By the war’s end, millions of Americans believed that their Constitution needed to be fixed in order to secure the rights of all. Chapters 4 and 5 examine this development, which occurred over the period of a few brief years when Congress acted with vigor to repair the Constitution’s fundamental rent with three amendments ending slavery, defining citizenship while protecting the rights of all those born or naturalized in the United States, and guaranteeing the right to vote to all men. But that last qualifier marked a great betrayal of the principles and promises of the Civil War and Reconstruction, and is the subject of Chapter 6. By excluding women from constitutional protections, Congress validated a second-class citizenship for half the population and ultimately undermined the positive results of the long, bloody war.
A commitment to various forms of inequality did not fade with the passage of the Fourteenth Amendment, with far too many white males finding no reason to share their “democracy.” That counterattack on equality is the theme of Chapter 7, which demonstrates the Supreme Court’s hostility to a humane interpretation of the Reconstruction amendments in favor of restrictive policies establishing distinctive levels of citizenship. This reactionary stance by the nation’s highest court found academic support from the proponents of the pseudo-science of social Darwinism, as well as from southern white politicians intent on restoring slavery under a different guise. Their combined efforts destroyed most of the progressive advances resulting from the Civil War, thrusting the nation back into a primitive white tribalism buttressed by a patina of alleged scientific rationalism.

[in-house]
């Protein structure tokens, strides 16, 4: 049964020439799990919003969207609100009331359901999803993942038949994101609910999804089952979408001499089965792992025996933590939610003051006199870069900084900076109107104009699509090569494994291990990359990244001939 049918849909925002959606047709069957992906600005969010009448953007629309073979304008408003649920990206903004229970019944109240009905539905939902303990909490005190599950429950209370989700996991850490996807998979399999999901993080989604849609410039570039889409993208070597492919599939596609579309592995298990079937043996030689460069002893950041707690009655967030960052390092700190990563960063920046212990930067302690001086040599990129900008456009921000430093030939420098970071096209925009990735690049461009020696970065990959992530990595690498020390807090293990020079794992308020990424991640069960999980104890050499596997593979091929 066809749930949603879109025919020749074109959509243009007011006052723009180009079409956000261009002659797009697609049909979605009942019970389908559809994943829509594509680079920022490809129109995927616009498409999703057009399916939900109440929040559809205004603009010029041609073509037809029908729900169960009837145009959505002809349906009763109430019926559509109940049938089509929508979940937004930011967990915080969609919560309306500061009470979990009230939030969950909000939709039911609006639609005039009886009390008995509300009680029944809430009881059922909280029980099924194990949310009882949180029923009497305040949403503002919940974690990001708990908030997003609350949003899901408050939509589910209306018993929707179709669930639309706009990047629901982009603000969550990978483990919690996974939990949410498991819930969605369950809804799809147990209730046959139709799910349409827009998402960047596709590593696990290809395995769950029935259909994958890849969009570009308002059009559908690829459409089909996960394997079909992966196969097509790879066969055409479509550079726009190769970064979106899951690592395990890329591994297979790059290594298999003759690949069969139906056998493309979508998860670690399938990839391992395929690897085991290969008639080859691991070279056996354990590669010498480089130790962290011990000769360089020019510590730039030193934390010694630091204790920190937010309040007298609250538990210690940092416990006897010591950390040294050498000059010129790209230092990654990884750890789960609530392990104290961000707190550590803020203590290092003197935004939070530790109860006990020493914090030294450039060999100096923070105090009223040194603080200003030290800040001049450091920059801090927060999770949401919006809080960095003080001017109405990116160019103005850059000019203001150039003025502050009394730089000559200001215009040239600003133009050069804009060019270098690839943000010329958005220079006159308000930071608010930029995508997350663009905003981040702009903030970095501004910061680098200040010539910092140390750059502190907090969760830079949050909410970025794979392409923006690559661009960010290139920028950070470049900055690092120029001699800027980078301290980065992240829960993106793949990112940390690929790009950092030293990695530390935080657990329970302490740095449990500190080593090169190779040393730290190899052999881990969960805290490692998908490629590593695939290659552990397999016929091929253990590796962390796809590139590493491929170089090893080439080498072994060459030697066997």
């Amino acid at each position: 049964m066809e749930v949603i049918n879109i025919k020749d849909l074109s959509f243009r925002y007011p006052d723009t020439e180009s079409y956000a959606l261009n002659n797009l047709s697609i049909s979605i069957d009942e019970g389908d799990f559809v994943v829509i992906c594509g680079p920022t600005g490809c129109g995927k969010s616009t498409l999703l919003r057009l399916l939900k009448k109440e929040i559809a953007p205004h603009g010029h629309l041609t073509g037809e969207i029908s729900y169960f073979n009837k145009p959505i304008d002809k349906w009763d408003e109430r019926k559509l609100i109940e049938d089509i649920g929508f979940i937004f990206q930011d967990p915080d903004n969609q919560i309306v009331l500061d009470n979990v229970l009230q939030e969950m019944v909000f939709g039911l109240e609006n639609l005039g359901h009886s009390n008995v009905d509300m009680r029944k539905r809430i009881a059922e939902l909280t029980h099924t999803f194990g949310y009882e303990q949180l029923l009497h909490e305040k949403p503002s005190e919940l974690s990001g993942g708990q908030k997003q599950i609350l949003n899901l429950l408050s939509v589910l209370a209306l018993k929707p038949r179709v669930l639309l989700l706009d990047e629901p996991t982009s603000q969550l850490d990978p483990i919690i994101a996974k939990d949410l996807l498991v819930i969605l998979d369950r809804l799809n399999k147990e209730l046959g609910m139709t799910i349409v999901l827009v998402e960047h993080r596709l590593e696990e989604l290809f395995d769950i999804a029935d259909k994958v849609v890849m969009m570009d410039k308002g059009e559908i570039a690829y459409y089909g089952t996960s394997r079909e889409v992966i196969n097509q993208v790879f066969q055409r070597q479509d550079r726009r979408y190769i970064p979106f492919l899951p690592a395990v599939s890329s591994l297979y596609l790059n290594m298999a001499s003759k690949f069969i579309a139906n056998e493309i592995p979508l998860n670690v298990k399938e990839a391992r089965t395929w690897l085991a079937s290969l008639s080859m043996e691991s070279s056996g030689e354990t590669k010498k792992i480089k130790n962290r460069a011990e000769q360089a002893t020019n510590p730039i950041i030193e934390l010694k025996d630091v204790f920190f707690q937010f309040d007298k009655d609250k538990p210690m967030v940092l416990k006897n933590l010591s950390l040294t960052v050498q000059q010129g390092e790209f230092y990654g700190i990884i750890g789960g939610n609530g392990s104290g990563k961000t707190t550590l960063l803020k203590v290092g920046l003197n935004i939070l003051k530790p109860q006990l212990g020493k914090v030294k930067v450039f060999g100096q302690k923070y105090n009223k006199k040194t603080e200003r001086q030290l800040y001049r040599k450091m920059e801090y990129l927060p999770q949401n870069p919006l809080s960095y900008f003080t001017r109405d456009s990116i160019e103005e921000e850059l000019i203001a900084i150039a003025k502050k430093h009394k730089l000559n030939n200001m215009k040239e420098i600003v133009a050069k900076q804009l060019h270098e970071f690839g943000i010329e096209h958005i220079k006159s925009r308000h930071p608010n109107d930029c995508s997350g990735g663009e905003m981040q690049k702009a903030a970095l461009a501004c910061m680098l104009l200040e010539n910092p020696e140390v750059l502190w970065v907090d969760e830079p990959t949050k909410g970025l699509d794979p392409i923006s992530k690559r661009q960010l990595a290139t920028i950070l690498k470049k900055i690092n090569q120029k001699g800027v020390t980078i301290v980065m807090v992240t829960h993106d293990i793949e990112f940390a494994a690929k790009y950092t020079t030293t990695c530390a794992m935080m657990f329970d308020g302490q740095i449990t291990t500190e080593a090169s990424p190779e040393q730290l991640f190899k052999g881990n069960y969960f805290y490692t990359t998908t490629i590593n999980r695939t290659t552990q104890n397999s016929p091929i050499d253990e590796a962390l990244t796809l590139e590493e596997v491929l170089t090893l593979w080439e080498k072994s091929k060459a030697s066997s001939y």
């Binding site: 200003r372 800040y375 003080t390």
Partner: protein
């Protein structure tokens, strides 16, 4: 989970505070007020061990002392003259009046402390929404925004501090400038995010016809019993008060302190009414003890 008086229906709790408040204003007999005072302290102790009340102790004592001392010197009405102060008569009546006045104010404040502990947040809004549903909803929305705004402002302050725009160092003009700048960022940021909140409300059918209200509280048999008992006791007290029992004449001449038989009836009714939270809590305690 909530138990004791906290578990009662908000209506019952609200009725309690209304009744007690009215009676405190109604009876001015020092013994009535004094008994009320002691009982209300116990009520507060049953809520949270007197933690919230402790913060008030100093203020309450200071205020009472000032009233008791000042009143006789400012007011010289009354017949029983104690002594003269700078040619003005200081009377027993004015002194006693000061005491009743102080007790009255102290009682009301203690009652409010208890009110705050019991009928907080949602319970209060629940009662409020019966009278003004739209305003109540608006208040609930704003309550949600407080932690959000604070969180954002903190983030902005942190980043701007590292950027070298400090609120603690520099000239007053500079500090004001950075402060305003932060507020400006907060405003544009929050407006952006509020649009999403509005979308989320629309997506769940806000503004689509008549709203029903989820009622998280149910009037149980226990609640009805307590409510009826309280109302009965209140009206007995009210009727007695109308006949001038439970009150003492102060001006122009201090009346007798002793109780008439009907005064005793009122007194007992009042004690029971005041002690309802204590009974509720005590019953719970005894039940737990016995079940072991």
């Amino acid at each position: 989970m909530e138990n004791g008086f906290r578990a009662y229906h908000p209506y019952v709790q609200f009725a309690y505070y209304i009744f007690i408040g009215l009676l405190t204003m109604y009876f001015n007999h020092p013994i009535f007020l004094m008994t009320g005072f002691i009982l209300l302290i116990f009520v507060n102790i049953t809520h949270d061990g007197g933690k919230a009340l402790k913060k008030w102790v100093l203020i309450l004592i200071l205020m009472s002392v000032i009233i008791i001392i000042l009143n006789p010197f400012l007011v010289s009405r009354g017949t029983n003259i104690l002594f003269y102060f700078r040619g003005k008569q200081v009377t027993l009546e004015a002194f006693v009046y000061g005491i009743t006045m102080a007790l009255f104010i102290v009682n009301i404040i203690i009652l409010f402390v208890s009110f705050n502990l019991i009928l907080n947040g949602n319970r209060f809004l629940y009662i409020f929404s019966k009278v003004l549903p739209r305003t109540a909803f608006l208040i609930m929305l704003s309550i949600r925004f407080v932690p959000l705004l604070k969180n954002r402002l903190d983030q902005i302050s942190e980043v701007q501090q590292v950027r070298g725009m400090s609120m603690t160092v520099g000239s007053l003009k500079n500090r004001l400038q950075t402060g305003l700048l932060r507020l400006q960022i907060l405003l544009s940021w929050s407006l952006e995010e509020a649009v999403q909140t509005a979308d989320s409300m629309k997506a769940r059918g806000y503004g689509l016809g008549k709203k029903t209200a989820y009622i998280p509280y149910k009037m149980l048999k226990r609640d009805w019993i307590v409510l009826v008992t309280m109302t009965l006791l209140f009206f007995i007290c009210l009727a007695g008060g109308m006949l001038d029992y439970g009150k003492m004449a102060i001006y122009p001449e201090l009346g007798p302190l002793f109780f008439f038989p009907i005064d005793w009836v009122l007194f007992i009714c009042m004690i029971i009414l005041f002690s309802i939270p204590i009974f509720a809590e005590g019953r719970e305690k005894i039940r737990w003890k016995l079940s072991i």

If we end the story there, we are left with nothing but another historical tragedy. However, the seeming triumph of inequality in the late nineteenth century did not go unchallenged. As the Epilogue suggests, the advocates of equality did not meekly accept either the Supreme Court’s efforts to turn back the clock or congressional quiescence. Often overlooked by historians, large numbers of women and men persisted in their battle for true legal equality. Though they usually lost in their efforts to gain respect and rights, these brave warriors laid the groundwork for later challenges to discriminatory legislation and unjust systems. Over the years these advocates of equality highlighted the remarkable power of the opening paragraph of the Fourteenth Amendment, which promised full legal rights for all citizens. A later war against the forces of tyranny inspired another generation of heroic figures to return to the fight, resuscitating the Fourteenth Amendment and with it the dormant concept of equality.
As we near the 250th anniversary of the Declaration of Independence, Americans continue to debate equality. It is hoped that this book will inform that conversation while reminding the citizens of the United States, a nation whose foundational document promises in its opening sentence to “secure the blessings of liberty” for all people without exception, that our work is not done.
Copyright © 2020 by Michael A. Bellesiles